Healthy Living

Does Everyone Have Wisdom Teeth?

Does Everyone Have Wisdom Teeth?

Introduction

When a person reaches the ages between 17 to 21, the eruption of wisdom teeth or third molars may take place. However, for some, wisdom teeth do not show up at all. These teeth are called wisdom teeth because they tend to show up at a later and more mature age. When wisdom teeth correctly show up, they can help you chew. A little discomfort may be experienced when these teeth erupt. See your dentist right away if you have pain.

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Why do some people lack wisdom teeth?

According to a study, around 35 percent of people have missing wisdom teeth. The following are the three main reasons why some people lack wisdom teeth:

1. Wisdom teeth have not erupted yet

Wisdom teeth may remain dormant in people's jawbone for a number of years, and may never show up if they are impacted or do not have enough space to grow. 

2. Evolution and genes

Evolution may have an important role to play when it comes to the absence of wisdom teeth in some people. A study conducted in Princeton University shows that the expanding size of the human brain over time indicated that the head can no longer accommodate a larger brain along with extra teeth. This gradual shift allowed the first and second molars to do the chewing, making the third molars unnecessary. For this reason, not having third molars won't be a problem during eating. 

A chromosomal mutation called MYH16 was discovered in another study done at the University of Pennsylvania. According to the study, this mutation has permitted humans to develop larger brains and not having enough space for wisdom teeth to grow. However, evolution opponents emphasize the human dietary shift along with dental hygiene, which led to a lesser need of using wisdom teeth.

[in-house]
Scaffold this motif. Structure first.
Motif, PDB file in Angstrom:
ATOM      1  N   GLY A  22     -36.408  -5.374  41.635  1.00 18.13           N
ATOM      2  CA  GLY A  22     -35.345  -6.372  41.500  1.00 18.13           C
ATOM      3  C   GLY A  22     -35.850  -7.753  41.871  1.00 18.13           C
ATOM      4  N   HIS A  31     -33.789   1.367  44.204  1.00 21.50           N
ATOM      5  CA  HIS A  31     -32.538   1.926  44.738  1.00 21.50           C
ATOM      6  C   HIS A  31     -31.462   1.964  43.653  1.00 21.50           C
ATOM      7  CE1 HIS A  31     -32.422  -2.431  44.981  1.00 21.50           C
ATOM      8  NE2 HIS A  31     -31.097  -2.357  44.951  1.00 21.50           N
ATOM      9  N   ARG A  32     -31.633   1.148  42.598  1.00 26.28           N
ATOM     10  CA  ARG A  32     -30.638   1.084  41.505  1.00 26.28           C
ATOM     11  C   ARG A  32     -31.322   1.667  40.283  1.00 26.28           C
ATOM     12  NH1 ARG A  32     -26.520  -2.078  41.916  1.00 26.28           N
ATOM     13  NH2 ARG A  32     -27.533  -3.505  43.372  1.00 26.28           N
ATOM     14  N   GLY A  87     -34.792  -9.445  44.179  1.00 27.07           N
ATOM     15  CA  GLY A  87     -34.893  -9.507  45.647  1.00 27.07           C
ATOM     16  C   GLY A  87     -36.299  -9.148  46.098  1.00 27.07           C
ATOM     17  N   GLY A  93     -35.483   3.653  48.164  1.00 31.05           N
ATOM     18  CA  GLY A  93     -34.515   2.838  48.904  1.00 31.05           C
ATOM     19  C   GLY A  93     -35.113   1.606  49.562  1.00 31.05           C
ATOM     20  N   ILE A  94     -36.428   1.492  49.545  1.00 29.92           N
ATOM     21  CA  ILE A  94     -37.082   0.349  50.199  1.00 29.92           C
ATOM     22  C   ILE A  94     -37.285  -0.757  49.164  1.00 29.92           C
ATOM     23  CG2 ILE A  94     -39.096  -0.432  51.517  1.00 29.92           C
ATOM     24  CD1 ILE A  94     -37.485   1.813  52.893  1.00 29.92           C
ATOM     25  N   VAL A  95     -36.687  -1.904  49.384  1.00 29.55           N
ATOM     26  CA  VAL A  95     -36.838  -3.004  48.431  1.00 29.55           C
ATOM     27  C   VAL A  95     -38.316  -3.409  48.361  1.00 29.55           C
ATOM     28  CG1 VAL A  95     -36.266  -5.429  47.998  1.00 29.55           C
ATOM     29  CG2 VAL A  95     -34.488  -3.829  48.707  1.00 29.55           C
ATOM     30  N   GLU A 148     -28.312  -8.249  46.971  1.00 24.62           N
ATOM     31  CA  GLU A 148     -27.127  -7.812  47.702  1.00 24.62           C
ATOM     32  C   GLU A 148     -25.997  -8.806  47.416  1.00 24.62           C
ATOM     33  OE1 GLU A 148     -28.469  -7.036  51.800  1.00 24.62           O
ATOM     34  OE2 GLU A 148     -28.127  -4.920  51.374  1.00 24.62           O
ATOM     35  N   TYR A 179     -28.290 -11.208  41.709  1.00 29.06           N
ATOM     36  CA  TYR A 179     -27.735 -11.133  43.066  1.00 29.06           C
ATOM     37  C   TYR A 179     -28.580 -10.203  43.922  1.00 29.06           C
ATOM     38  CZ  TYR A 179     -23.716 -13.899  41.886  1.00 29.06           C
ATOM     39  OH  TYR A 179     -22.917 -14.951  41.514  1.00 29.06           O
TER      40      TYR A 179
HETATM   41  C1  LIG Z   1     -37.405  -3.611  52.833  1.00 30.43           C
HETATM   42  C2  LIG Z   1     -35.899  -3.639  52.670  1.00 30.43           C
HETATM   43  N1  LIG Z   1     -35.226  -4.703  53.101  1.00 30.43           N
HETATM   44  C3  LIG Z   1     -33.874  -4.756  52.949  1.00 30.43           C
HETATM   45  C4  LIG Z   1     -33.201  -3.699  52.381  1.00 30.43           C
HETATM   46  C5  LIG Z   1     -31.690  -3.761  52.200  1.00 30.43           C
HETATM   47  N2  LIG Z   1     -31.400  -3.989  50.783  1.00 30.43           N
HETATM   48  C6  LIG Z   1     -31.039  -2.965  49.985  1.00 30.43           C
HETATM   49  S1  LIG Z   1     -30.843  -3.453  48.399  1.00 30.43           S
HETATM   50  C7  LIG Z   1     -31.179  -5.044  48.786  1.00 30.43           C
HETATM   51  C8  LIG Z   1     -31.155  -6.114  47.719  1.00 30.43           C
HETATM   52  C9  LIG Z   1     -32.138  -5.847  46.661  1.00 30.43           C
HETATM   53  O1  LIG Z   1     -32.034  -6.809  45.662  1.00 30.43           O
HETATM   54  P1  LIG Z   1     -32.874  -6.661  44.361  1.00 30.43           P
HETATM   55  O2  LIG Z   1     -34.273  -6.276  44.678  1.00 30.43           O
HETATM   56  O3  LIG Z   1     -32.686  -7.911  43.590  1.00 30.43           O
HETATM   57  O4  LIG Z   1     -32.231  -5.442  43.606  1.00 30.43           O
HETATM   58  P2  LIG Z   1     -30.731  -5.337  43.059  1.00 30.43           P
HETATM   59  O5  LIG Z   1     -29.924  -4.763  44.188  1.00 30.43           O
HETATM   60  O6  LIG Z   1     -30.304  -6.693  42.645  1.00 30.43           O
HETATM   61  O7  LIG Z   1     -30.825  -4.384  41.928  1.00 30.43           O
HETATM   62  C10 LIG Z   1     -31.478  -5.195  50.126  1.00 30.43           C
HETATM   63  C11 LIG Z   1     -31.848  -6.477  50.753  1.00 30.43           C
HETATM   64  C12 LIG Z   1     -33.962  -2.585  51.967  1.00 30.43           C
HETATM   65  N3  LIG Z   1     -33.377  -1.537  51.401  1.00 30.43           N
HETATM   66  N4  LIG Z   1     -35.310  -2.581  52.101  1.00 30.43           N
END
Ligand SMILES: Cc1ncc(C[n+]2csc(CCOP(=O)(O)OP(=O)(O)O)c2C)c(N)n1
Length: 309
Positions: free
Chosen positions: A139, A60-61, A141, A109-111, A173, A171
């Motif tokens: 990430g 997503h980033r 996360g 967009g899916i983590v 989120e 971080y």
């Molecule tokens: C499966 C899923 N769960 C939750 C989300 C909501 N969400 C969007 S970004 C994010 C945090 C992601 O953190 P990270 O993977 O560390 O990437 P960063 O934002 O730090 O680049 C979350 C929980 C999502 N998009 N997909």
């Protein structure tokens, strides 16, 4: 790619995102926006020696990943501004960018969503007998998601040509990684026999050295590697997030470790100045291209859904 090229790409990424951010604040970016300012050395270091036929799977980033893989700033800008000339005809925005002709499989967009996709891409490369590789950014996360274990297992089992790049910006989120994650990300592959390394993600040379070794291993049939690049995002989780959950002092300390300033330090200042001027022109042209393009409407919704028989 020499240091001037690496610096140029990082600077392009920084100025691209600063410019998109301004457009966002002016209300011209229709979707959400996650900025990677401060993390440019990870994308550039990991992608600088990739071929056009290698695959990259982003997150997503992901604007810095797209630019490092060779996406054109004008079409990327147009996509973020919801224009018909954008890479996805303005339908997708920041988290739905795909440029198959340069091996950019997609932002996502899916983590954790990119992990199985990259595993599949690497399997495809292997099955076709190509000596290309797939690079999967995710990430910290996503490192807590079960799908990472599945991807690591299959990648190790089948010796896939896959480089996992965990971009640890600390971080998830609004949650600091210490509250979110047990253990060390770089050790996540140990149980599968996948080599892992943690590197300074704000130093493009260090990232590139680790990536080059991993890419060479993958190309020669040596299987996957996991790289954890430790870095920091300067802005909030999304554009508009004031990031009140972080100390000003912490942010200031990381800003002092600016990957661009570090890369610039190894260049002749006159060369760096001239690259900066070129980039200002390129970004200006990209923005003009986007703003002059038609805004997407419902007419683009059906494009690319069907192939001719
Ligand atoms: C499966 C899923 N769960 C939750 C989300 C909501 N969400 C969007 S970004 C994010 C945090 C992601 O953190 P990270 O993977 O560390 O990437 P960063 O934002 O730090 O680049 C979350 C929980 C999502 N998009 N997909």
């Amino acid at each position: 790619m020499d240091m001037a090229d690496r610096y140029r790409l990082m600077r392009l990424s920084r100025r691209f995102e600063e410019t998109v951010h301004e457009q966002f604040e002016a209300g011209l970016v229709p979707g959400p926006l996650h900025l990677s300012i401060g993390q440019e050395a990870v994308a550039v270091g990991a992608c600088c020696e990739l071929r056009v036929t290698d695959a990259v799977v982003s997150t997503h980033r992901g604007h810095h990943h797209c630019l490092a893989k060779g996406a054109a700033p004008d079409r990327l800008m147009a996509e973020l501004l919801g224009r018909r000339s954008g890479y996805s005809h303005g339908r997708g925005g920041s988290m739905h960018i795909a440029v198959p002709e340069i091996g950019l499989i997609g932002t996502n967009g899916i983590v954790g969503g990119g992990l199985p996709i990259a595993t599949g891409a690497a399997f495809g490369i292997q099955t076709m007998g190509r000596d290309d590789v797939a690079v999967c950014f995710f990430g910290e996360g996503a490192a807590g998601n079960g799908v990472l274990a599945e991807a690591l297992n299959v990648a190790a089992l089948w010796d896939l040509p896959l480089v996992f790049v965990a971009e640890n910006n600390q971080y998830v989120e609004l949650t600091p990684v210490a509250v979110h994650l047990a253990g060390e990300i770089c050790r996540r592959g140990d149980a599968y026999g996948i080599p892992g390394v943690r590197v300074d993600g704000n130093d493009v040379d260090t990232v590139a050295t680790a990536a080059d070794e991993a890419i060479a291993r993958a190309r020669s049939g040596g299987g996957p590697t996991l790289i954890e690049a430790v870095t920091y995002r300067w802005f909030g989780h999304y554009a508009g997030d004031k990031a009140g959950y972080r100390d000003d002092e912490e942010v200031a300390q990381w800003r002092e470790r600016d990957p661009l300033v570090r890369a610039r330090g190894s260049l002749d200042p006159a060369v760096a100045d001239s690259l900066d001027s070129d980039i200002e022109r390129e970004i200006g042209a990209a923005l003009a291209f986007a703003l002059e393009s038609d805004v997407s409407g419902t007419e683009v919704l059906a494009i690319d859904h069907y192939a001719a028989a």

3. Wisdom teeth may have already been removed

Removal of wisdom teeth may be needed if they are misaligned or impacted. The adjacent teeth, nerves, and jawbone can get damaged due to poor alignment of wisdom teeth. Sometimes, dentists or oral surgeons recommend the extraction of wisdom teeth to prevent future problems. 

Impacted Wisdom Teeth

Impacted wisdom teeth are teeth that are enclosed in the soft tissue or jawbone. They may also partially erupt through the gum, which then allows bacteria to enter around the teeth and cause an infection. If an infection develops, general illness, swelling, and pain are often experienced.

Individuals with partially erupted wisdom teeth are more susceptible to developing gum problems and tooth decay because of the awkward positioning of their teeth, making flossing and brushing difficult. Moreover, when impacted wisdom teeth are infected, severe pain and serious health problems may occur. 

How will I know if I have wisdom teeth?

You may see a dentist and ask about wisdom teeth and their positioning. An X-ray may be taken to help your dentist evaluate the alignment or presence of wisdom teeth. Dentists may also refer their patients to an oral surgeon to further evaluate the condition. 

Should wisdom teeth be removed?